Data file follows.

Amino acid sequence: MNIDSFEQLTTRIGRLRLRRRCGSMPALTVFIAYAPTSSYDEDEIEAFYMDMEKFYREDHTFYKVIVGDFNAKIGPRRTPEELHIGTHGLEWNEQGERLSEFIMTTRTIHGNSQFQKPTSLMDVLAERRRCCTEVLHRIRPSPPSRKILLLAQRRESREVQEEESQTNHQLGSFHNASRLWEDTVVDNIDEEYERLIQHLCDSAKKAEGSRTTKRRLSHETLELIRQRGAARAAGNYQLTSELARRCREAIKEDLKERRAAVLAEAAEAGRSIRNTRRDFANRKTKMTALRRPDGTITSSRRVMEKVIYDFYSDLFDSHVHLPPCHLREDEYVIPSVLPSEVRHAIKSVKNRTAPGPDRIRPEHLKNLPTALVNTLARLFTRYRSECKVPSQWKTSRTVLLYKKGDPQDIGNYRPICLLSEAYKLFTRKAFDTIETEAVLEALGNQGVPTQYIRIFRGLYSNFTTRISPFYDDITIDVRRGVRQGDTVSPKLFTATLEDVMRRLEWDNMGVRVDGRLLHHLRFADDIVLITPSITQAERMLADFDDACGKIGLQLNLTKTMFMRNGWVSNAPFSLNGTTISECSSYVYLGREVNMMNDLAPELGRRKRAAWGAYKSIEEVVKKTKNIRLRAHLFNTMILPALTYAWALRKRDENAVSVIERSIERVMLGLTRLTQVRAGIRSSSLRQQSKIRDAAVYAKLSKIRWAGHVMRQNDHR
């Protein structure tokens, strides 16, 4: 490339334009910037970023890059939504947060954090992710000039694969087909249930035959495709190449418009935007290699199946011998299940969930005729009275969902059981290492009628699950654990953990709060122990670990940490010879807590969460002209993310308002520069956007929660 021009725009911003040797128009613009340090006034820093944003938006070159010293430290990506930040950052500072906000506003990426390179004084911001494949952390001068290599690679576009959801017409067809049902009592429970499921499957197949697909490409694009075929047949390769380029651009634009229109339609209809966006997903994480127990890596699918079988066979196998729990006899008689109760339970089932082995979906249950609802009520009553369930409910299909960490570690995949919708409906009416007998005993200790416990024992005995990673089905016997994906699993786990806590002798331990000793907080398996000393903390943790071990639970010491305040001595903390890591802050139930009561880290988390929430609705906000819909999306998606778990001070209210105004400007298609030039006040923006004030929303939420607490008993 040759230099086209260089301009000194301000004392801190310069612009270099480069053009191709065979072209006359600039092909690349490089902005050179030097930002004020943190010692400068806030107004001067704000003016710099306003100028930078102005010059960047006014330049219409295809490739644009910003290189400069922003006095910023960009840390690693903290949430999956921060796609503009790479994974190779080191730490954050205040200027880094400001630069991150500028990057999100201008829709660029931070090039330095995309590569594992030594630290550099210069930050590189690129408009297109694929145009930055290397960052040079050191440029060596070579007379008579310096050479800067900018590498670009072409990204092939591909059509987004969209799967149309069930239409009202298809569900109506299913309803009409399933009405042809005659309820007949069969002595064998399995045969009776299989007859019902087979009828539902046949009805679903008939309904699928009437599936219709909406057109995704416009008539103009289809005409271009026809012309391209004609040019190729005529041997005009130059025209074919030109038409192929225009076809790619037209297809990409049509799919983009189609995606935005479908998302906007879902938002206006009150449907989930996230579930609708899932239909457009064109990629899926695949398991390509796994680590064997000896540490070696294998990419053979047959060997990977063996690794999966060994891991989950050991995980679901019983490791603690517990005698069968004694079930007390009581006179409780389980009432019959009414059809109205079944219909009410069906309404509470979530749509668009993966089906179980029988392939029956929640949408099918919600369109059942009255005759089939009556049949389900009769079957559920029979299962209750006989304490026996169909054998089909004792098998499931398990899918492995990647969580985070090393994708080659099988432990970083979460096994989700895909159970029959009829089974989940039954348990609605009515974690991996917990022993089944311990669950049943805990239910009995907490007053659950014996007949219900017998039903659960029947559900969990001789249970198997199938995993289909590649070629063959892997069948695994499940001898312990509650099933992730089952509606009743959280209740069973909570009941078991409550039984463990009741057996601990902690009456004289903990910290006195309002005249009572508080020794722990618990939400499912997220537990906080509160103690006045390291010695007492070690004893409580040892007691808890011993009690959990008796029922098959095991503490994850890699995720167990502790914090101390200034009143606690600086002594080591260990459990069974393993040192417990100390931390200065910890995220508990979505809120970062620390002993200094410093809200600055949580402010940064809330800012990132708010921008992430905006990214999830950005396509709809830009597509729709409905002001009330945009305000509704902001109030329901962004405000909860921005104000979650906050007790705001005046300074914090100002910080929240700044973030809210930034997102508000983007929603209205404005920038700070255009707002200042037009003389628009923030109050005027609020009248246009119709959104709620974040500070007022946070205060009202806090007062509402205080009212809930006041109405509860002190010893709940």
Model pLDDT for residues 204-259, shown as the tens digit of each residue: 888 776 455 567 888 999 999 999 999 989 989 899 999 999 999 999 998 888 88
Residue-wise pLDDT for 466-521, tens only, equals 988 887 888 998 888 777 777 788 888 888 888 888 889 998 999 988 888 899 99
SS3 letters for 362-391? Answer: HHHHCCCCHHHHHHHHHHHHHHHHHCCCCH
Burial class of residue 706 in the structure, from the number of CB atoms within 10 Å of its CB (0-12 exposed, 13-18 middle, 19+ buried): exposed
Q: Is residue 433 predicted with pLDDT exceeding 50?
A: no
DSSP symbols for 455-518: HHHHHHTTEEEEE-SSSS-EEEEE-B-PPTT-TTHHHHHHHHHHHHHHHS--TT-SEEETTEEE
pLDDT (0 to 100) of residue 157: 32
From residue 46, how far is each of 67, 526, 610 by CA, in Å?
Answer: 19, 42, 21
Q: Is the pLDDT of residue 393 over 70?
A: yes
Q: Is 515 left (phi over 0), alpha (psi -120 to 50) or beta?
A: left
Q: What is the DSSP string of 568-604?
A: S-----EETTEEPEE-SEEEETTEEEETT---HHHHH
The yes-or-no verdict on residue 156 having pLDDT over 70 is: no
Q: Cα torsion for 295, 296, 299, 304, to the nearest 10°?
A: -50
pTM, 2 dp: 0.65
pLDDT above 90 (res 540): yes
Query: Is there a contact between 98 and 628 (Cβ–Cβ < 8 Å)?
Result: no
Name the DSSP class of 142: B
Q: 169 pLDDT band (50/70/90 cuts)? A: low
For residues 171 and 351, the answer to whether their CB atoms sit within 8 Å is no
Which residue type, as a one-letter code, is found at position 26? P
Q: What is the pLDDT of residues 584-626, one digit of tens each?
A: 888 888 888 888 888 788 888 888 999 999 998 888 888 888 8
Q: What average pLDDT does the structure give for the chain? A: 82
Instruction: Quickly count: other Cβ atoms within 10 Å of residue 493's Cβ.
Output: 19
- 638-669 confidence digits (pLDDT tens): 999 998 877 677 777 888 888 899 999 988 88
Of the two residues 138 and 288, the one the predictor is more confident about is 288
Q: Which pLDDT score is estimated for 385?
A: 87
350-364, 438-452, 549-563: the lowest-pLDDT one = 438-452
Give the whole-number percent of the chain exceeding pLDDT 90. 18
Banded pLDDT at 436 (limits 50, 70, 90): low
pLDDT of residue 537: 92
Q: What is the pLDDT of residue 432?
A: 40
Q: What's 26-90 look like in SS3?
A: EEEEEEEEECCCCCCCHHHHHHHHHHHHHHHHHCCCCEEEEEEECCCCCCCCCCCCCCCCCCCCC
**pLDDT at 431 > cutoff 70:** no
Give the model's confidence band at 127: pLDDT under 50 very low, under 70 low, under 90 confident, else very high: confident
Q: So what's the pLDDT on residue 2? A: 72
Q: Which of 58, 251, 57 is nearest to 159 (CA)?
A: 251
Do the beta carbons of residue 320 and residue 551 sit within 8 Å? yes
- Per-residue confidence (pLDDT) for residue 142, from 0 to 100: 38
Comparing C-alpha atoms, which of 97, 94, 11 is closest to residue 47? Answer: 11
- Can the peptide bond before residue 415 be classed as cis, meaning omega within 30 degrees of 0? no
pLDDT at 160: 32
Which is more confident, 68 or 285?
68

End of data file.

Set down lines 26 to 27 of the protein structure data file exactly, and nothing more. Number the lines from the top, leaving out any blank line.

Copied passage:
Name the DSSP class of 142: B
Q: 169 pLDDT band (50/70/90 cuts)? A: low